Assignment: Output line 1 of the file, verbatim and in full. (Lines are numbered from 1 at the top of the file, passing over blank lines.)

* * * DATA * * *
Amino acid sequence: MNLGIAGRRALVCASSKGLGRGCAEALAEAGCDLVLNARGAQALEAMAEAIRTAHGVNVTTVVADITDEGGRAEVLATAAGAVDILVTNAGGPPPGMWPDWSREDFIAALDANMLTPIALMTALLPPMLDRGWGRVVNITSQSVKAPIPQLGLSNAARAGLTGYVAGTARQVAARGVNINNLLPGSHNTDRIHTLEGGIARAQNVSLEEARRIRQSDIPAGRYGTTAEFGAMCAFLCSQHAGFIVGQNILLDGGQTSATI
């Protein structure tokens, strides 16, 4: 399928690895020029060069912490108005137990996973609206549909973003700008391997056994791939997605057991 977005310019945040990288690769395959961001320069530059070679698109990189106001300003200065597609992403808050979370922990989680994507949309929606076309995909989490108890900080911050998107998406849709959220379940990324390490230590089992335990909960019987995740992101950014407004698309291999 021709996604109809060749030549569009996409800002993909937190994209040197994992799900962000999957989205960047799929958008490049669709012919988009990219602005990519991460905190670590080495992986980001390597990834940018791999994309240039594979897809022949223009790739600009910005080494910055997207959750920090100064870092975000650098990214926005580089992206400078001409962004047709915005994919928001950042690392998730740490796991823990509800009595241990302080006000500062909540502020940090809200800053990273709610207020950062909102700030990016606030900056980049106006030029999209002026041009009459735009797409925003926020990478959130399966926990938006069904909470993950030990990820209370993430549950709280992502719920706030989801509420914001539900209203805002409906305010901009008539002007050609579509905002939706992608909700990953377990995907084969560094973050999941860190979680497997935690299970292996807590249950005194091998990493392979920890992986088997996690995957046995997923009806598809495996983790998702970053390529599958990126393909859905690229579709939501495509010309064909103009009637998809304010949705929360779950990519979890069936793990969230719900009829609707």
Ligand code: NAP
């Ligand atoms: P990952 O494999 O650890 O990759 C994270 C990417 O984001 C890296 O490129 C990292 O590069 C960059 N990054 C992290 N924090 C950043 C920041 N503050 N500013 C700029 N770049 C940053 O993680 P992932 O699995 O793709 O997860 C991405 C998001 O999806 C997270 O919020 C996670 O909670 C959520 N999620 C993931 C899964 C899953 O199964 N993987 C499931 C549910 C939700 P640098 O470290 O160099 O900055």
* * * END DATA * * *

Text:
Amino acid sequence: MNLGIAGRRALVCASSKGLGRGCAEALAEAGCDLVLNARGAQALEAMAEAIRTAHGVNVTTVVADITDEGGRAEVLATAAGAVDILVTNAGGPPPGMWPDWSREDFIAALDANMLTPIALMTALLPPMLDRGWGRVVNITSQSVKAPIPQLGLSNAARAGLTGYVAGTARQVAARGVNINNLLPGSHNTDRIHTLEGGIARAQNVSLEEARRIRQSDIPAGRYGTTAEFGAMCAFLCSQHAGFIVGQNILLDGGQTSATI